Qatar has an extra 48 hours to meet the list of demands from some of its neighbors or face further sanctions.
The nation now has just a short time to meet 13 demands from Saudi Arabia, Egypt, Bahrain and the United Arab Emirates. But that likely won't happen.
Qatar's foreign minister says the list of demands was "meant to be rejected."
He also said the tactics taken by the nations are "reminiscent of the extreme and punitive conduct of 'bully' states that have historically resulted in war."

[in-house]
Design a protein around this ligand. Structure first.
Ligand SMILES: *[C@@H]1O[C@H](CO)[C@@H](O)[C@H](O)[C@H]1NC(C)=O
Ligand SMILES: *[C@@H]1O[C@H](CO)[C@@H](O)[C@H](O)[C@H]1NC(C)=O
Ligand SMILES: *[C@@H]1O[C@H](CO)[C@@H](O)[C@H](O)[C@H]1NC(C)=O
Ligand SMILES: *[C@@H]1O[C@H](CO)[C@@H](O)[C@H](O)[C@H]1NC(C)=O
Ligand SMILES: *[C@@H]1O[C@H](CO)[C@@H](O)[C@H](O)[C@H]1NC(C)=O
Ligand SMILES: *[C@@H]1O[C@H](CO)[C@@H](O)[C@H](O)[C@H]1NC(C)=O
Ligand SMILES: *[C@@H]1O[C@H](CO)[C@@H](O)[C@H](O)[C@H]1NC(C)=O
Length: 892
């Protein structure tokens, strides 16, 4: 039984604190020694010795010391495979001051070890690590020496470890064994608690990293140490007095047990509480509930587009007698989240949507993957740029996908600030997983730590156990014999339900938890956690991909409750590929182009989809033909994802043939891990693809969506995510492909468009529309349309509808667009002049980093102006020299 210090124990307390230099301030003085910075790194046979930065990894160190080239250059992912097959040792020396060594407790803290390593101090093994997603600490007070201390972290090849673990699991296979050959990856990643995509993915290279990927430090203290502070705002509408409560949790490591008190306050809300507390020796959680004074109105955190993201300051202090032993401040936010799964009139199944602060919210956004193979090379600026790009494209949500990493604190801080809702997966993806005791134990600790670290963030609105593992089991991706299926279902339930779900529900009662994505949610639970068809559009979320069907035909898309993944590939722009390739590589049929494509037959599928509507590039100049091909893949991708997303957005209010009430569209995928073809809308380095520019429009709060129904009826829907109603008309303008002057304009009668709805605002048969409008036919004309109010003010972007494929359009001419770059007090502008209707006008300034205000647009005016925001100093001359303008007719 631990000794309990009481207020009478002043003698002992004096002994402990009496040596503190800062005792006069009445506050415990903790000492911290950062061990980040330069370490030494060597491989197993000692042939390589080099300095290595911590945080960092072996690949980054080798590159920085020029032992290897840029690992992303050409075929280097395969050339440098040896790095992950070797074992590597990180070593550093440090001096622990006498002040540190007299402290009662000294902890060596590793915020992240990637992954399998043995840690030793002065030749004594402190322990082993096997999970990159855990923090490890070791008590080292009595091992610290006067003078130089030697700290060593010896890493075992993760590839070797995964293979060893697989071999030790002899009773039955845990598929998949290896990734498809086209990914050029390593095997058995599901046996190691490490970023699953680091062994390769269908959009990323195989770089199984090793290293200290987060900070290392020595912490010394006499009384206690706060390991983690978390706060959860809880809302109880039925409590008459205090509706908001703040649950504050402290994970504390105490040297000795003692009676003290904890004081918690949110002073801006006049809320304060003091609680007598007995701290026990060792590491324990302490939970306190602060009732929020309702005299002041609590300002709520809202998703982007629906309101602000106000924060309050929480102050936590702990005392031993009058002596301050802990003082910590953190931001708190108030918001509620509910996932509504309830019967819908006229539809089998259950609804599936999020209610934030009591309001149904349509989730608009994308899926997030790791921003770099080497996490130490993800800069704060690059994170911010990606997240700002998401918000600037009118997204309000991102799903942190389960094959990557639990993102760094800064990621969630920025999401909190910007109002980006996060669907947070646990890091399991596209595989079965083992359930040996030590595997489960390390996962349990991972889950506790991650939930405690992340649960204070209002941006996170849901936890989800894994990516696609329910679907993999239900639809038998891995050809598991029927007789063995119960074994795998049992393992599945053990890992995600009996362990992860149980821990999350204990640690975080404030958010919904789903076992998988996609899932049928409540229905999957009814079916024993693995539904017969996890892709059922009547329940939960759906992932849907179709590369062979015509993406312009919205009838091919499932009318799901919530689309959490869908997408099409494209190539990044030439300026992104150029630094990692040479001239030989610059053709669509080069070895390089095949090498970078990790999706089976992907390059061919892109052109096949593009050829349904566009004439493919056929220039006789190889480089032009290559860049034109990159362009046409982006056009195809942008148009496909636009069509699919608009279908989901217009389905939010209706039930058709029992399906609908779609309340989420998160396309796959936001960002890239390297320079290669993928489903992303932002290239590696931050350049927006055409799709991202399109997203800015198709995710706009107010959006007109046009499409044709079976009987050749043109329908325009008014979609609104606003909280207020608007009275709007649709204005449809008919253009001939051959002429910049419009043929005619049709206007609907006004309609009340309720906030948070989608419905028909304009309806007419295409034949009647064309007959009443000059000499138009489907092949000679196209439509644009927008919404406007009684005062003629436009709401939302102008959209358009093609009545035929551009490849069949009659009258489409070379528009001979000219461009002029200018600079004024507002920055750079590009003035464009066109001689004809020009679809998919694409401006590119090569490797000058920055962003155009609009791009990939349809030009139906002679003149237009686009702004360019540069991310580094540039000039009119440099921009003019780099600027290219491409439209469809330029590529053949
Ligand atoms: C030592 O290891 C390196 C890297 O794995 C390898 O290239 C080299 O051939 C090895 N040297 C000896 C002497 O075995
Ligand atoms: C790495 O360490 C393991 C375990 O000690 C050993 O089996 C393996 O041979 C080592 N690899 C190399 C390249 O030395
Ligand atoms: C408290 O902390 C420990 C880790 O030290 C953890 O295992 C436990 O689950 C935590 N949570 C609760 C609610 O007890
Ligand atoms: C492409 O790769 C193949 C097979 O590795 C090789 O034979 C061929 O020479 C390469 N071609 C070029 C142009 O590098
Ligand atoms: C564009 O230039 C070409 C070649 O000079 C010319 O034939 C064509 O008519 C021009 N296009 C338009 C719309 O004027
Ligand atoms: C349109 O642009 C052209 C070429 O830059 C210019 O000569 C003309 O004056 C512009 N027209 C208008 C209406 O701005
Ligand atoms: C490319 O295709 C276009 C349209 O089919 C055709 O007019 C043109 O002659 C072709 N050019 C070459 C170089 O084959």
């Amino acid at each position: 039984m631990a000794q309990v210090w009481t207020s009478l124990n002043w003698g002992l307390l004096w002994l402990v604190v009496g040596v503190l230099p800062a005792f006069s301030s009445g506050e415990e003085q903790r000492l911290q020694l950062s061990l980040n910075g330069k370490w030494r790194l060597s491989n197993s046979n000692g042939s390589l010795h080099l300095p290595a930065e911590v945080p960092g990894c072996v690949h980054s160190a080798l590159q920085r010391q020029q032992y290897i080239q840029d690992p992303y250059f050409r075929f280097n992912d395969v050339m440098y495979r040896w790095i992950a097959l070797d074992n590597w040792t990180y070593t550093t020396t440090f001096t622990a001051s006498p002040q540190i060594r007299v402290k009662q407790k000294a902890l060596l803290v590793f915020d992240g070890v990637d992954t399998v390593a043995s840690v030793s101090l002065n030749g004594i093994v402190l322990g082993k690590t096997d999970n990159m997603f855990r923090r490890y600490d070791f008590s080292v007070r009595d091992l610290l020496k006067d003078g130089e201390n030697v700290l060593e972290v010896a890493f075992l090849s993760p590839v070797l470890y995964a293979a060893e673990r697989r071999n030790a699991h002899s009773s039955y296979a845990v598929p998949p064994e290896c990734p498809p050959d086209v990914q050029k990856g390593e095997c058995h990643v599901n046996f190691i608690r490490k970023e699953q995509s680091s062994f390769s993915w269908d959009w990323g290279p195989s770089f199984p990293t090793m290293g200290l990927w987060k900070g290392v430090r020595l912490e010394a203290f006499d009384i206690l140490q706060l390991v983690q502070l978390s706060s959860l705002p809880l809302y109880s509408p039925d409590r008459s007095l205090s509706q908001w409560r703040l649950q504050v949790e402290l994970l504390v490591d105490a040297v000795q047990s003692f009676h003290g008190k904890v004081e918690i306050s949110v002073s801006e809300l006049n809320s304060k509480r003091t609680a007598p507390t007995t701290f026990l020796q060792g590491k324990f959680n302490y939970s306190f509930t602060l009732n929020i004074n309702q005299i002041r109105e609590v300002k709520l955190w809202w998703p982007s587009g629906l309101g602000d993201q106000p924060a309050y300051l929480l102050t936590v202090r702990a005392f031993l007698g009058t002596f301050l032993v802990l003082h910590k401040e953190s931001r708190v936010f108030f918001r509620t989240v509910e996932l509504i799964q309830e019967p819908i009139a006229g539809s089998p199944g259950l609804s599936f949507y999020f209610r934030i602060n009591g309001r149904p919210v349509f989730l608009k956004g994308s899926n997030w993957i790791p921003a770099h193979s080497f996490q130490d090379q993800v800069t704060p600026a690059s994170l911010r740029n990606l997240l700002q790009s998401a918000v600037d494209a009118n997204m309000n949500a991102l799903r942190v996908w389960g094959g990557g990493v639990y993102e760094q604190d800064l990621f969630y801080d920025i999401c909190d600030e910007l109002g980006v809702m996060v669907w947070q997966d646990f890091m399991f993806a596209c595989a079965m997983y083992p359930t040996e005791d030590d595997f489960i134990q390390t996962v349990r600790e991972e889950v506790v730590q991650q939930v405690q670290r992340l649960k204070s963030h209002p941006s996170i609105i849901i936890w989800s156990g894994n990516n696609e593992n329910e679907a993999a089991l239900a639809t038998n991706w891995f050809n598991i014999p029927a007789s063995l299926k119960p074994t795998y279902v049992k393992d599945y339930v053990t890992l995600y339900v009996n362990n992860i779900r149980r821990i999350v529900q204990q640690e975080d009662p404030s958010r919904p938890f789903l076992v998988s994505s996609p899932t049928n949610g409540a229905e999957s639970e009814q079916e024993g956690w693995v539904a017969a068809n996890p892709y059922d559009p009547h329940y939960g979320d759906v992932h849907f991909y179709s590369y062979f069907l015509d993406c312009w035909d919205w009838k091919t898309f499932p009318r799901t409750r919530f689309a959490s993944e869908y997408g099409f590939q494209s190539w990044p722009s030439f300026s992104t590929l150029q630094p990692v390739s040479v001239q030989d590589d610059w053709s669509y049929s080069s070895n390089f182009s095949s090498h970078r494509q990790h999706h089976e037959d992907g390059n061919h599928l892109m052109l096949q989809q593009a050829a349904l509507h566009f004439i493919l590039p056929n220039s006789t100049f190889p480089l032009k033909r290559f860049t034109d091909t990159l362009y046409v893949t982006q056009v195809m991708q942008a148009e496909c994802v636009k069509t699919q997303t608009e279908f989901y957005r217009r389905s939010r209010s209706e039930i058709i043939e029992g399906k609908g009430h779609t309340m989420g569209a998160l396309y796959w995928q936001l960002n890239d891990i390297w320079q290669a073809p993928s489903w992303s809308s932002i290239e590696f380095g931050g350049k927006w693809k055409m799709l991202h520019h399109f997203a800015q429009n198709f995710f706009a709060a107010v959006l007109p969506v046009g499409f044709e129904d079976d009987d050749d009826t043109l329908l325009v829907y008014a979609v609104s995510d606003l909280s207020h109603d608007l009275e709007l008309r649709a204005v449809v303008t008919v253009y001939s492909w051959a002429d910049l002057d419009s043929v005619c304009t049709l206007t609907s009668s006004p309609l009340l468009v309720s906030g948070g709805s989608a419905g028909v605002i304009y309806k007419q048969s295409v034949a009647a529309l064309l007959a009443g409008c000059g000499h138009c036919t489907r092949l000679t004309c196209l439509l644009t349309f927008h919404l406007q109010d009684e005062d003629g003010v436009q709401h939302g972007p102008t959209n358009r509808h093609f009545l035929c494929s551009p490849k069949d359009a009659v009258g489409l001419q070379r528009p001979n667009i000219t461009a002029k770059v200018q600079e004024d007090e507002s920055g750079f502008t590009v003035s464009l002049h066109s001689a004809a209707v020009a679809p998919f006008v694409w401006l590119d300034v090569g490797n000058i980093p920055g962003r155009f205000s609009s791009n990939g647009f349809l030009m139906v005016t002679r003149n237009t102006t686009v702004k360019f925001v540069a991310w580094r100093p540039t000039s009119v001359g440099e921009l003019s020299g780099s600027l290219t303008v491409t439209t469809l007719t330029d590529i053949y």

The demands came after at least seven countries ended diplomatic relations with Qatar over its alleged support of terrorist groups like Al-Qaeda and ISIS.
The demands include cutting ties with those terrorist groups, ending relations with Iran, closing a Turkish military base and shutting down news outlets funded by the country, like Al-Jazeera.
Because of the sanctions, Qatar has relied on Turkey and Iran for imports like food and other essentials.
U.S. Secretary of State Rex Tillerson urged the countries to work out their differences with a more "reasonable and actionable" list of demands.
Qatar is home to a large U.S. military base that's a main staging area in the fight against ISIS.